“Gentlemen, I am a Catholic. As far as possible, I go to Mass every day. If you reject me on account of my religion, I shall thank God that He has spared me the indignity of being your representative.” From a speech to the voters of South Salford in response to his Tory opponent’s slogan, ‘Don’t vote for a Frenchman and a Catholic.’ On polling day, 13 January 1906, Belloc, standing as a Liberal, overturned a Conservative majority to win by 852 votes, winning again four years later.

Sunflower


Pope Francis – A Man Of His Word

Monday, 16 April, 2018 0 Comments

German director Wim Wenders will be back at the Festival de Cannes (8 to 19 May) with a new documentary titled Pope Francis – A Man Of His Word. According to Wenders, it’s “a personal journey with Pope Francis rather than a traditional biographical film about him. A rare co-production with the Vatican, the pope’s ideas and his message are central to this documentary, which sets out to present his work of reform and his answers to today’s global questions from death, social justice, immigration, ecology, wealth inequality, materialism, and the role of the family.”

Note: Today is the 91st birthday of retired Pope Benedict XVI. Felix dies Natalis tibi!


The Crucifixion with the Virgin and Saint John

Friday, 30 March, 2018 0 Comments

This powerful image of by Hendrick Jansz ter Brugghen was painted around 1624 for a Catholic “hidden church” in the city of Utrecht, where Catholicism was tolerated but not encouraged. The colour combinations and the light evoke Ter Brugghen’s experience of Caravaggio in Rome, but the angular figure of Christ and the reverential figures of Mary and John are very much his own. The Crucifixion with the Virgin and Saint John expresses the devotional intensity that Good Friday has evoked down the centuries.

Good Friday


Patrician peak

Saturday, 17 March, 2018 0 Comments

Beannachtaí na Féile Pádraig oraibh go léir! (Happy Saint Patrick’s Day to you all!)

The holiest mountain in Ireland is Croagh Patrick, five miles from the town of Westport and overlooking island-dotted Clew Bay. According to local belief, Saint Patrick fasted for forty days and nights on the summit during Lent in the year 441 AD, and on the last Sunday in July every year (“Reek Sunday”), pilgrims from near and far climb the mountain in honour of Saint Patrick.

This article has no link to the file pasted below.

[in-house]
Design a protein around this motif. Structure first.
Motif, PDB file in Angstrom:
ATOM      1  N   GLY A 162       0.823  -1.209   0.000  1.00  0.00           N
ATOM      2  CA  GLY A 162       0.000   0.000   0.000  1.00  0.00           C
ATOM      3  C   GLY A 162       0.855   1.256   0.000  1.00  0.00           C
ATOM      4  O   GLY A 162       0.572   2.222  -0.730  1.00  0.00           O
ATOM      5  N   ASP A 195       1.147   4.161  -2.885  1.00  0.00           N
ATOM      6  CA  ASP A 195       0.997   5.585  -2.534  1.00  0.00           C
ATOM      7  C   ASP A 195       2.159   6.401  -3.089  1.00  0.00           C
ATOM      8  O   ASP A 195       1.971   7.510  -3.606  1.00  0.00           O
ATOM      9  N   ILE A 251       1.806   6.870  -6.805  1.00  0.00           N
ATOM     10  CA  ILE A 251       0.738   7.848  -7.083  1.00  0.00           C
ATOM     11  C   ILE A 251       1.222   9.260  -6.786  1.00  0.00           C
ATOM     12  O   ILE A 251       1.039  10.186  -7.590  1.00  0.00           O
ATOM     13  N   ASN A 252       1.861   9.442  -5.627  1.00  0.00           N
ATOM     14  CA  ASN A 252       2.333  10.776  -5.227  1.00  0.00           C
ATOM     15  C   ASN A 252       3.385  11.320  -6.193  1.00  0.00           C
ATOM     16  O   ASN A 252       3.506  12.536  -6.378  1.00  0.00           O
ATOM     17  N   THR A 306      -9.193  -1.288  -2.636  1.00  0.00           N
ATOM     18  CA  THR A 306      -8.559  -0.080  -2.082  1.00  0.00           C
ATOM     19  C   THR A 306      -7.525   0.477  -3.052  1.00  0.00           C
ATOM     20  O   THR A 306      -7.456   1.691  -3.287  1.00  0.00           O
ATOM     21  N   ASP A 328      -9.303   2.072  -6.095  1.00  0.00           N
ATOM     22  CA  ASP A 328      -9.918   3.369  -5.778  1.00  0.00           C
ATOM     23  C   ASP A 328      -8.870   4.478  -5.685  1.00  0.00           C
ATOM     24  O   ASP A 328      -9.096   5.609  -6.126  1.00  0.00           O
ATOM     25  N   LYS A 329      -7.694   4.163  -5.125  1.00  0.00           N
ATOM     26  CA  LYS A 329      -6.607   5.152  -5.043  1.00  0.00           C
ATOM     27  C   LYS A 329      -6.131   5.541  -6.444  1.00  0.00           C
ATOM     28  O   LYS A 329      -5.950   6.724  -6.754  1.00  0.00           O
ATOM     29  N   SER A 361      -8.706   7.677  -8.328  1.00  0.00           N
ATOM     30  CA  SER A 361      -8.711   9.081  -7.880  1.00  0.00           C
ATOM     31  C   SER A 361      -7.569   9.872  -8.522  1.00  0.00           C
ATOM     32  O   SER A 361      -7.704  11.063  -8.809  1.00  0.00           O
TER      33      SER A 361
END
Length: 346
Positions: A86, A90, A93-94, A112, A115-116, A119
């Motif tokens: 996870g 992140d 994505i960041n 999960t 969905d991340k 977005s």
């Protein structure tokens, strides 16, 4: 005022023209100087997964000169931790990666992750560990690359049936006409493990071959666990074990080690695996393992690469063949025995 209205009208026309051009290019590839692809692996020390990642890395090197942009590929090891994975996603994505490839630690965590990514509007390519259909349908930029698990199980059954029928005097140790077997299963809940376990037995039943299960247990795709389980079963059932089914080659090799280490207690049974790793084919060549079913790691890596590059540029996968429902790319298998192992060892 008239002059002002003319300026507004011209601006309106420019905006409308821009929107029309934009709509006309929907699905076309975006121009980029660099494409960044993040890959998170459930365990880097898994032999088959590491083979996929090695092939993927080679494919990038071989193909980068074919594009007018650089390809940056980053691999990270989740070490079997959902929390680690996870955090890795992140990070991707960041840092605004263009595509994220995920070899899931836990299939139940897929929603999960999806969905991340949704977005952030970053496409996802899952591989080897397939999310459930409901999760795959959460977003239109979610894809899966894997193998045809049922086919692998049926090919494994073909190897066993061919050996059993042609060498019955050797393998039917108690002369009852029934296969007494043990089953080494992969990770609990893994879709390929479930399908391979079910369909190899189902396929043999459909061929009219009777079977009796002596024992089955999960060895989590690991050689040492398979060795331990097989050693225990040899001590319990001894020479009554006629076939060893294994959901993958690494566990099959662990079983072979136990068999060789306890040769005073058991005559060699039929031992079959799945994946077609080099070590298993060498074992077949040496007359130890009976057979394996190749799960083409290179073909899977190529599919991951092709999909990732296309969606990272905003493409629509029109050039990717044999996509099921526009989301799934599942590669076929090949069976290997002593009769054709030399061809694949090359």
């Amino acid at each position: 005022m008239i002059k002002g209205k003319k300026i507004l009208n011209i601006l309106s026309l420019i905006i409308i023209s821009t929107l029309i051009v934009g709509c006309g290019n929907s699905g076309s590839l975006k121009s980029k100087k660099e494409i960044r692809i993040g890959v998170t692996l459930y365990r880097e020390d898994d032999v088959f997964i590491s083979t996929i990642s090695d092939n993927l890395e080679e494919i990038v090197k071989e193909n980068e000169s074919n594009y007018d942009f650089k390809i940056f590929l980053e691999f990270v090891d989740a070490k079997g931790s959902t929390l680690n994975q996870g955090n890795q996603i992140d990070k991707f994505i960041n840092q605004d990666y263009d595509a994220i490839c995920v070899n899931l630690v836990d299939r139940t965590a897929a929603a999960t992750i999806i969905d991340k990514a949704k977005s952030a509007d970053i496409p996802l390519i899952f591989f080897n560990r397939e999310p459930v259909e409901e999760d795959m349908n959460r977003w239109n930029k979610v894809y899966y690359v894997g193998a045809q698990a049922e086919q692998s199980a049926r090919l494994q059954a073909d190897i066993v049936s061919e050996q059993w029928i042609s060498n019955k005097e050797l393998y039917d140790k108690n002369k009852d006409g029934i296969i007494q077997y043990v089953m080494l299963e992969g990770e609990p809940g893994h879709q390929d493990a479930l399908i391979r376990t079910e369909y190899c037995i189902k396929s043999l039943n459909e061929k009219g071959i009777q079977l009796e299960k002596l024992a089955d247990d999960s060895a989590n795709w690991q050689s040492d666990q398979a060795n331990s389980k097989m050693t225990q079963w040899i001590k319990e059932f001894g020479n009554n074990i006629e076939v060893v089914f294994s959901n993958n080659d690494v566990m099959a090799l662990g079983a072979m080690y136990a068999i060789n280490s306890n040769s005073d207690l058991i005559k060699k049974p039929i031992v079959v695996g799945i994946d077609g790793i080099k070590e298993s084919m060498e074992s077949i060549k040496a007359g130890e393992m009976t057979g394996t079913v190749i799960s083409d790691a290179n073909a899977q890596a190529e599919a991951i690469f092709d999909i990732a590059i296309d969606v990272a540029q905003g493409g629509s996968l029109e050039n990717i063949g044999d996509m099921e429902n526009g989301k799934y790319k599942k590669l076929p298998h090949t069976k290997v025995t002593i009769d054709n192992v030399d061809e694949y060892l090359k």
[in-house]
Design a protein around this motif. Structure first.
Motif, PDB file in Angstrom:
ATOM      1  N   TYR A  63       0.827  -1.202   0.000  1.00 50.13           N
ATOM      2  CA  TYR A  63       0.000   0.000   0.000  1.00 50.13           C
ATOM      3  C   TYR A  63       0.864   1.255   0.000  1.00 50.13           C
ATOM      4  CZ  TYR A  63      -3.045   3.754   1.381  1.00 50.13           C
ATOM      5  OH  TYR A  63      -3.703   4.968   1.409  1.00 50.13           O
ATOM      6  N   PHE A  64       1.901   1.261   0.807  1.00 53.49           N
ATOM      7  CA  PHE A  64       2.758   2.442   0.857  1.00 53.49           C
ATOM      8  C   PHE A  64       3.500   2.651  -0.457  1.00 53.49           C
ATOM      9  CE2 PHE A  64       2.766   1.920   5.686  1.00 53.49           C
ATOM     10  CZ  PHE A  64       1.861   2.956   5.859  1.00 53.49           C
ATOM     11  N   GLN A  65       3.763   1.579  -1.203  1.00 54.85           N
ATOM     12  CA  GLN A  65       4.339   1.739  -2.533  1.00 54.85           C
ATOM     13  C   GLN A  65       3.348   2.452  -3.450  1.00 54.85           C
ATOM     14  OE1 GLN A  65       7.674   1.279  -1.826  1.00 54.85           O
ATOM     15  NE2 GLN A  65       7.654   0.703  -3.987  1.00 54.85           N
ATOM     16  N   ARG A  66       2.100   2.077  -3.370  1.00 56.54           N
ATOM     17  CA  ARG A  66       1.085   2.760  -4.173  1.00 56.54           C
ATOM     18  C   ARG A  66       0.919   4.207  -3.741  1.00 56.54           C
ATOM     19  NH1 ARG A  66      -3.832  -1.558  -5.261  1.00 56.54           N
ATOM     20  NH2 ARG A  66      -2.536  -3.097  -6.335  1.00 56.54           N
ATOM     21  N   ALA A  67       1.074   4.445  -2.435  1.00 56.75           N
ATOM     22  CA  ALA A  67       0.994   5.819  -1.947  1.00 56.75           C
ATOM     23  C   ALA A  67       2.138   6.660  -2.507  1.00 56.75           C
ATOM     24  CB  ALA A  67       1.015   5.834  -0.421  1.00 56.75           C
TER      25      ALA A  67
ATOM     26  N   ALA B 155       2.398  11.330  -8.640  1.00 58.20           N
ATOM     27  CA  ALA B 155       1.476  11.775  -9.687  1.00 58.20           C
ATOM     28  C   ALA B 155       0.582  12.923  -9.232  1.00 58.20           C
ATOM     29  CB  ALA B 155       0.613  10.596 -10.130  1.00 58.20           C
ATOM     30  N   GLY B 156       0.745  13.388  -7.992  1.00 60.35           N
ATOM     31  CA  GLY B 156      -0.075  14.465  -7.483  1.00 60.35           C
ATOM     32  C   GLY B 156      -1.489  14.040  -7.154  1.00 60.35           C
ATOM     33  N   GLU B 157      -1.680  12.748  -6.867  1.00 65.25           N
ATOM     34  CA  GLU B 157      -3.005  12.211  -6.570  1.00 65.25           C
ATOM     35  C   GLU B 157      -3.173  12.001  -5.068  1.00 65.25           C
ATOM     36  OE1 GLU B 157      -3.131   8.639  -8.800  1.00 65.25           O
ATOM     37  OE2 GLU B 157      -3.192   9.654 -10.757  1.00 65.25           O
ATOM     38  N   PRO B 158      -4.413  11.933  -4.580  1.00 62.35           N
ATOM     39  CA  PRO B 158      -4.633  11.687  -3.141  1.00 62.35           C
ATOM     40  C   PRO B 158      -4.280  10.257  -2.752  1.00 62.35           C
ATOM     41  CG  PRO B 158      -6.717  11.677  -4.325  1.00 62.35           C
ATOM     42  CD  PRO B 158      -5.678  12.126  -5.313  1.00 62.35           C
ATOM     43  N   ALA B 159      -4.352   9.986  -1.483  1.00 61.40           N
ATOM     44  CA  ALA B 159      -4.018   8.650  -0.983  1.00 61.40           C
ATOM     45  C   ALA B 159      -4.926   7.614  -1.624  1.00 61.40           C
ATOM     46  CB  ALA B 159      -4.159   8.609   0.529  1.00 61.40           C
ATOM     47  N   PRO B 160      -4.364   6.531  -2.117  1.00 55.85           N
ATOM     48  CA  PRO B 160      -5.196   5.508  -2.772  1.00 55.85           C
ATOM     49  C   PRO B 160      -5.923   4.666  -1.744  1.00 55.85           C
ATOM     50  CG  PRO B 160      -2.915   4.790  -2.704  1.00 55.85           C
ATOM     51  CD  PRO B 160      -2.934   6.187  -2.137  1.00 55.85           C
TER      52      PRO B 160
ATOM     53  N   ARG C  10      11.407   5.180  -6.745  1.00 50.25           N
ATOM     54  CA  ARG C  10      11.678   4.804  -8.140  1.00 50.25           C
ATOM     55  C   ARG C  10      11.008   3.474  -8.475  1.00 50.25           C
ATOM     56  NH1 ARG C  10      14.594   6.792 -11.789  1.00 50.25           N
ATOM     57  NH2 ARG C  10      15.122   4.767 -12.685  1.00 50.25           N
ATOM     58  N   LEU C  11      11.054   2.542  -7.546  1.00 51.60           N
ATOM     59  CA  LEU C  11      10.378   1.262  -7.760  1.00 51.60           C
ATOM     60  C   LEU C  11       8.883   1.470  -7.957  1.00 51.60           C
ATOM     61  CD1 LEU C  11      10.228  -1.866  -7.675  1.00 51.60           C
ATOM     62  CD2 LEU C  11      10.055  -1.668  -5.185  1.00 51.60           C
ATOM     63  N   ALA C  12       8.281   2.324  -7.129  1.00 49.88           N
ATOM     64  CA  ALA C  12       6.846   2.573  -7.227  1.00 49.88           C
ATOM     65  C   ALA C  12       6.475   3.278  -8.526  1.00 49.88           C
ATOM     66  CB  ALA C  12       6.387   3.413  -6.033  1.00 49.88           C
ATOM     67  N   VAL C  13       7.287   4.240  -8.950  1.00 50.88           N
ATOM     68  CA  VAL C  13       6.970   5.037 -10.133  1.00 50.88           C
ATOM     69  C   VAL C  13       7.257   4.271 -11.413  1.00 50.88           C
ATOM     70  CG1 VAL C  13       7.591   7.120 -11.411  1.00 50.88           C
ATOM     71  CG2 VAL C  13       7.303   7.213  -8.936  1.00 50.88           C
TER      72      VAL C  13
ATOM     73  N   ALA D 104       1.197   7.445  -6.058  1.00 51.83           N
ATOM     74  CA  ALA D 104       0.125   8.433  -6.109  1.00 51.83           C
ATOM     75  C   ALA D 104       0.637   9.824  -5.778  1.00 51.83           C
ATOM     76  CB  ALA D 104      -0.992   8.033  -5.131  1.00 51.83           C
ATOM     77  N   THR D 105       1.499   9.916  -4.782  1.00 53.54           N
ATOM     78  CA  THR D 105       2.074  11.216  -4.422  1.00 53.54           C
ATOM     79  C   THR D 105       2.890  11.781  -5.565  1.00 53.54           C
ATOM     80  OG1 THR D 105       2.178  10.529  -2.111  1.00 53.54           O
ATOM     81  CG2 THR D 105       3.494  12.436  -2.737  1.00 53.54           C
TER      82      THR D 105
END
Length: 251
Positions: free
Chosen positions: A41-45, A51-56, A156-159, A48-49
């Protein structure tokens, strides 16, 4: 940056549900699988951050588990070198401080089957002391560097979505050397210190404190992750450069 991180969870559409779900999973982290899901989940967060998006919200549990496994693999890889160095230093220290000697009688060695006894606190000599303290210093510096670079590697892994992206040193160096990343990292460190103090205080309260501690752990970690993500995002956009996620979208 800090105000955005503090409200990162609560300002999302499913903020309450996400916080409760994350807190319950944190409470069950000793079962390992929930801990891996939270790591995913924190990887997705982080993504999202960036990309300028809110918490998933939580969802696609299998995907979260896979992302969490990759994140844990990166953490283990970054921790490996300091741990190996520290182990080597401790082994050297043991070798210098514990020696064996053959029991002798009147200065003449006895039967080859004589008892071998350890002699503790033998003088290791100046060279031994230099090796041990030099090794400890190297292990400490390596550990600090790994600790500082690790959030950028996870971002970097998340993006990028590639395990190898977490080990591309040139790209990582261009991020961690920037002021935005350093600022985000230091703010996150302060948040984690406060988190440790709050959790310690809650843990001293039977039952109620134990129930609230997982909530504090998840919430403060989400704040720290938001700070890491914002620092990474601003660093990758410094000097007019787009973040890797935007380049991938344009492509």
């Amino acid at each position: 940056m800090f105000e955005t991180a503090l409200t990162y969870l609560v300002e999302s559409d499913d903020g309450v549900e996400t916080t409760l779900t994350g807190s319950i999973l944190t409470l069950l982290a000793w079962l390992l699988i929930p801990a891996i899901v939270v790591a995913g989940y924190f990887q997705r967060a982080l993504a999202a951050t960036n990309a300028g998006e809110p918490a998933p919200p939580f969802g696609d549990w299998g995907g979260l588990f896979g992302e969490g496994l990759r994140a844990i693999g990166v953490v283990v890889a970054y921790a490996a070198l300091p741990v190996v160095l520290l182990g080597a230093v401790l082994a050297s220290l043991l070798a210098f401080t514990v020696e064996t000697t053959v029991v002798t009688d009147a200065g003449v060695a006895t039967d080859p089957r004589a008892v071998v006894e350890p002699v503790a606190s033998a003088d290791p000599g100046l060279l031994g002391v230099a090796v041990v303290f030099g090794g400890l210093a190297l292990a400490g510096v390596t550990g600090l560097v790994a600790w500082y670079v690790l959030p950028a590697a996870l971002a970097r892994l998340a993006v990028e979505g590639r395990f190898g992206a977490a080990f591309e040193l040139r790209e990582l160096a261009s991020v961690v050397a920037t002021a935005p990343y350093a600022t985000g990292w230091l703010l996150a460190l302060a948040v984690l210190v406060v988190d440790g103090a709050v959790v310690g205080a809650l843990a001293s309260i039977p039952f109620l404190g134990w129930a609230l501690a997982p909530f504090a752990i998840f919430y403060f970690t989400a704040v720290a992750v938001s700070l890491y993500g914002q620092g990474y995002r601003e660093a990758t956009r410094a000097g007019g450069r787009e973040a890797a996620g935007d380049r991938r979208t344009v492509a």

In 1972, the great Magnum photographer Josef Koudelka climbed Croagh Patrick and captured the quintessence of rural Irish Catholicism in one iconic image. The kneeling pilgrims pictured are, from left to right, Sean Pheat Mannion, Paddy Kenny and Martin Mannion from Connemara. Ar dheis Dé go raibh a n-anam.

Croagh Patrick


Tecla: key saint

Saturday, 23 September, 2017 0 Comments

Santa Tecla is regarded as the patron saint of Tarragona in Catalonia and her September feast day is the town’s major holiday. The event is accompanied by non-stop drumming, firecrackers and spectacular fireworks after dark.

Tecla celebrations

Note: In many Spanish-speaking countries, Santa Tecla is also considered the patron saint of computers and the internet, from the homophony with the Spanish and Catalan word tecla (“key”).

Tradition: Tecla (Thecla) was a saint of the early Christian Church and a follower of Paul the Apostle. She was miraculously saved from burning at the stake by the onset of a storm and then travelled with Paul to Antioch of Pisidia where an aristocrat attempted to rape her. Tecla fought him off and was put on trial for the crime of assaulting a nobleman. She was sentenced to be eaten by wild beasts but was again saved by a miracle, when the female beasts protected her against the male aggressors. She rejoined Paul in Myra and became a healer. Such was her popularity that the physicians in the city lost their livelihoods, so they hired a gang of young men to attempt to spoil her virginity at the age of 90. As they were about to take her, she called out to God and the ground opened up and then closed behind her. She was thus able to go to Rome and die in peace beside Saint Paul’s tomb.


The Christian conundrum

Tuesday, 28 February, 2017 0 Comments

Early Christianity expanded rapidly through Asia Minor, Egypt, Greece and Italy. Because it had no linguistic, cultural, ethnic or territorial centre, it spread to towns, cities and communities that differed widely from one another. The rulers of Rome had seen nothing like it and were confounded by this new and challenging ideology. The British classicist Mary Beard discusses how the Romans viewed the conundrum of Christianity in her excellent SPQR: A History of Ancient Rome. Snippet:

“First, it had no ancestral home. In their ordered religious geography, Romans expected deities to be from somewhere: Isis from Egypt, Mithras from Persia, the Jewish god from Judaea. The Christian god was rootless, claimed to be universal and sought more adherents. All kinds of mystical moments of enlightenment might attract new worshippers to (say) the religion of Isis. But Christianity was defined entirely by a process of spiritual conversion that was utterly new. What is more, some Christians were preaching values that threatened to overturn some of the most fundamental Greco-Roman assumptions about the nature of the world and of the people within it: that poverty, for example, was good; or that the body was to be tamed or rejected rather than cared for. SPQR All these factors help to explain the worries, confusion and hostility of Pliny and others like him. At the same time, the success of Christianity was rooted in the Roman Empire, in its territorial extent, in the mobility that it promoted, in its towns and its cultural mix. From Pliny’s Bithynia to Perpetua’s Carthage, Christianity spread from its small-scale origins in Judaea largely because of the channels of communication across the Mediterranean world that the Roman Empire had opened up and because of the movement through those channels of people, goods, books and ideas. The irony is that the only religion that the Romans ever attempted to eradicate was the one whose success their empire made possible and which grew up entirely within the Roman world.”

Is past prologue? Could a faith-based or technology-driven belief system challenge the fundamentals of our world? Note: The phrase “What’s past is prologue” comes from Shakespeare’s play The Tempest, Act 2, Scene I. In contemporary usage, the phrase stands for the idea that history sets the context for the present. The quotation is engraved on the National Archives Building in Washington, D.C.